The Black Pearl – A Pirate Ship by Liesl King.

This week’s book review is of The Black Pearl – A Pirate Ship, written by Captain Paul Cayard and published in June 2006. Not to be confused with Black Pearl that sailed in the 2017 Cape to Rio race, The Black Pearl is a 70 foot Volvo boat with 7,000 square feet of sail and a 100 foot mast. She is capable of speeds of up to 40 knots and can cover as much as 541 nautical miles in a day.

Why was a book written about a Volvo Ocean Race boat, you may ask? Well The Black Pearl wasn’t just any Volvo boat. She was a Pirate Ship from head to toe, even her sails carried the skull and crossbones. She was also the product of a unique collaboration between the movie industry and the world of sailing. As with all good stories it started with a phone call.

Her captain to be and author of the book, Paul Cayard, is a professional American sailor with an impressive CV. He has competed at world championship and Olympic level and can claim victories in races such as The Admirals Cup, The Louis Vuitton Cup, the Whitbread Round the World Race and was even named the Rothmans Yachtsman of the Year. Hence one can understand that he was a bit taken aback when he received a phone call from Grant Palin, a Senior Vice President of The Walt Disney Company.

The Black Pearl arriving in Gothenburg

Simply put, Palin informed him that The Walt Disney Company had decided to enter a boat in the 2005-2006 Volvo Ocean Race with the aim of promoting the upcoming sequel to the very successful film Pirates of the Caribbean – Curse of the Black Pearl. The boat would be called The Black Pearl, painted with skulls and crossbones. The image of the team would be that of pirates and they wanted Cayard to be its captain.

Promoting a film, with an entry into what is considered one of the elite ocean races in the world, is certainly unusual.  What was more of a concern for Cayard though was the fact that it was already April, the race would start in seven months, and it normally takes eight months just to build this type of boat. On top of that a top level team had to be put together, support staff sourced and training on the new boat had to be done.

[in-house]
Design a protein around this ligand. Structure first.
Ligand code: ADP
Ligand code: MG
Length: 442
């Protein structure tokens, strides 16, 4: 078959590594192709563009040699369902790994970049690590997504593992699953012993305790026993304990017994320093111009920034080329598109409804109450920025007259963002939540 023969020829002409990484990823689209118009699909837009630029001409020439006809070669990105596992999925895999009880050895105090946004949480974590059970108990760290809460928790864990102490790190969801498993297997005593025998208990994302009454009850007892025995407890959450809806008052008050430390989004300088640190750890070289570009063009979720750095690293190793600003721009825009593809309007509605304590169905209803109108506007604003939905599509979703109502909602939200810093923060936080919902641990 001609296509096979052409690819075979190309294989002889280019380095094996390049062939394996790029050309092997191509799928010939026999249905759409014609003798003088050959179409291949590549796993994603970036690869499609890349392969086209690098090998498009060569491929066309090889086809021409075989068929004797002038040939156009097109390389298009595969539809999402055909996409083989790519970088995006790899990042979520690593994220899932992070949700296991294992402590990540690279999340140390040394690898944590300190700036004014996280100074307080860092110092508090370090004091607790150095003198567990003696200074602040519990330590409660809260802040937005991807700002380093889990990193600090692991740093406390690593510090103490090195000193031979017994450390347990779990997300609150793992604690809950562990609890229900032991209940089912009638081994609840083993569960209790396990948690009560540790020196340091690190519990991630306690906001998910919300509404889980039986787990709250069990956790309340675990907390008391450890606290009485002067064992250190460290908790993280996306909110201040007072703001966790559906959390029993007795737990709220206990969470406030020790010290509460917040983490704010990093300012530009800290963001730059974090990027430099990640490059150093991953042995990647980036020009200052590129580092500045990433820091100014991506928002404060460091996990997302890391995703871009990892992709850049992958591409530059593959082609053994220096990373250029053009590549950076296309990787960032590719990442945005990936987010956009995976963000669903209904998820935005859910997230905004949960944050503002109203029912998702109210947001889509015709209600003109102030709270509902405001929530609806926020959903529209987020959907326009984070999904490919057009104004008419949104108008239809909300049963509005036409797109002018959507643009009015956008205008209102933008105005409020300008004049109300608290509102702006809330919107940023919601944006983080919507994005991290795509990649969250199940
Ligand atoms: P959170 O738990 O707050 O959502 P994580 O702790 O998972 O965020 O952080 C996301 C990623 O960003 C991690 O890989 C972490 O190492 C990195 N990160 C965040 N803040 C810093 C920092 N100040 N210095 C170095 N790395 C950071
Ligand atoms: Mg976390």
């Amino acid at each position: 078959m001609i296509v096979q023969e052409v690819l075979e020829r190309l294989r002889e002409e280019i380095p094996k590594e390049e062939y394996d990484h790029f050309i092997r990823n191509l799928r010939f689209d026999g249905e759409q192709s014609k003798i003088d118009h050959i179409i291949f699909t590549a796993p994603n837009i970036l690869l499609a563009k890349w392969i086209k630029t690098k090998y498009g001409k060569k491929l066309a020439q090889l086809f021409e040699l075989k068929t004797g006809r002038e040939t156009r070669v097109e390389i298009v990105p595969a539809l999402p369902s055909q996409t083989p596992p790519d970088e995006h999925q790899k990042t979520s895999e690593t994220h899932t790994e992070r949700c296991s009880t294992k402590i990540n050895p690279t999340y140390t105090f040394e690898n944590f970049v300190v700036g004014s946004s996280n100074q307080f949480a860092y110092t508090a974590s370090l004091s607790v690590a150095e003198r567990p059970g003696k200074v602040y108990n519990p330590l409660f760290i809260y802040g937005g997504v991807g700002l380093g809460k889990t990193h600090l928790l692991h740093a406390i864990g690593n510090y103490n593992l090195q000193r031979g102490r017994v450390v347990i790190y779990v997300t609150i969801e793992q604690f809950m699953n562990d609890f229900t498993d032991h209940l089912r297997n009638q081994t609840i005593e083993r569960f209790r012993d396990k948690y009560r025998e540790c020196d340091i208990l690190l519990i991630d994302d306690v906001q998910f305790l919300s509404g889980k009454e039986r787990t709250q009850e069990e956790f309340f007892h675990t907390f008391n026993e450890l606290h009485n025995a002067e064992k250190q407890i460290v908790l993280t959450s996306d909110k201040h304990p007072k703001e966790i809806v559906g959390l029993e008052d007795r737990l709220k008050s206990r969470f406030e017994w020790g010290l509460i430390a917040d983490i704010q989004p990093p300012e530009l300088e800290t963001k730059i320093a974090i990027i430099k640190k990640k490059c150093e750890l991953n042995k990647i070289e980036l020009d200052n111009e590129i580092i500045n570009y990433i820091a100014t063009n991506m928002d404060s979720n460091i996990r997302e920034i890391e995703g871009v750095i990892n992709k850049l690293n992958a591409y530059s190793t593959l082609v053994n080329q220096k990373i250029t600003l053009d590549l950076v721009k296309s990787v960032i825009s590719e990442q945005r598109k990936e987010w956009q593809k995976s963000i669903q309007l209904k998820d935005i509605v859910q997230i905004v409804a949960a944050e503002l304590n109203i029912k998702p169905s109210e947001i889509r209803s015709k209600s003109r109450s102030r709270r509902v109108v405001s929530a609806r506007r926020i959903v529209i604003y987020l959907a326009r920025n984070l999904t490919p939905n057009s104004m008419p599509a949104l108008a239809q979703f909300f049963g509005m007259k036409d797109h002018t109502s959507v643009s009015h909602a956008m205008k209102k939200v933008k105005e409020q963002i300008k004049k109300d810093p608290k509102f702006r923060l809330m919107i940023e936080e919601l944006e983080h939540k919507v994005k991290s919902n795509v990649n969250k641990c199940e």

Thankfully for Walt Disney, Cayard, like most men and definitely most sailors, had always wanted to be a pirate. He was infatuated with the idea and despite the enormous obstacles and challenges, he agreed to be their Johnny Depp. Two months before the start The Black Pearl in all her pirate glory was christened at Maritime Walk, Ocean Village in Southampton.

Cayard  called her a true pirate ship. “She was black, red and white and bore the skull and crossbones in abundance. She was sleek and silent, able to creep up on her prey, she was just what any pirate ship should be.” She was also a real handful. With just ten crew, the men were divided into two watches of four, with the captain and navigator standing their own watch. As Cayard recalls, “the decks were often awash and with her speed, one misstep could lead to a crew member falling overboard, a place from which there would be no return alive.”

The Black Pearl

The book is a combination of the daily reports generated during the race, giving great insight into what life on a Volvo Ocean racing boat is like and the story of the race from the captain’s perspective written afterwards. Right from the start The Black Pearl was plagued with problems. One day into the race, on the first leg to Cape Town, her instruments shut down and she started taking on water in 35 knots of wind.  Cayard ordered the sails to be dropped and the boat speed slowed to 10 knots, while he sent out an emergency message to the Race Office. Not quite the way one would want to start a round the world race!

Once daylight arrived, an inspection revealed that the sliding plates covering the bottom of the keel box had been torn off, as they could not handle the 35 knot boat speed during the night. Cayard decided to continue and The Black Pearl arrived in Cascais two days after the start. It was decided to spend ten days fixing her in Cascais and then flying her to Cape Town in an Antonov, where further repairs would be undertaken. Thankfully, on the 2nd of January 2006 The Black Pearl departed from Cape Town on Leg 2, heading for Melbourne.

Of course being The Black Pearl there had to be a fairy tale ending to this incredible race and you have to admit that even if they tried, the Hollywood scriptwriters could not have improved on what actually transpired.  After a series of highs and lows, with podium places and mishaps in equal proportions, not only did The Black Pearl sail into Gothenburg harbour, at the end of the final leg in first place, she also finished second overall.

The Black Pearl provides a gripping and extraordinary insight into just what it takes to compete in the Volvo Ocean Race. If you love ocean racing or if you have ever had notions of being a pirate, this is the book for you. I am leaving the last word to The Black Pearl’s captain: “The biggest win in an event like this is simply the experience of having done it.” I think reading the daily reports is a pretty good second best.



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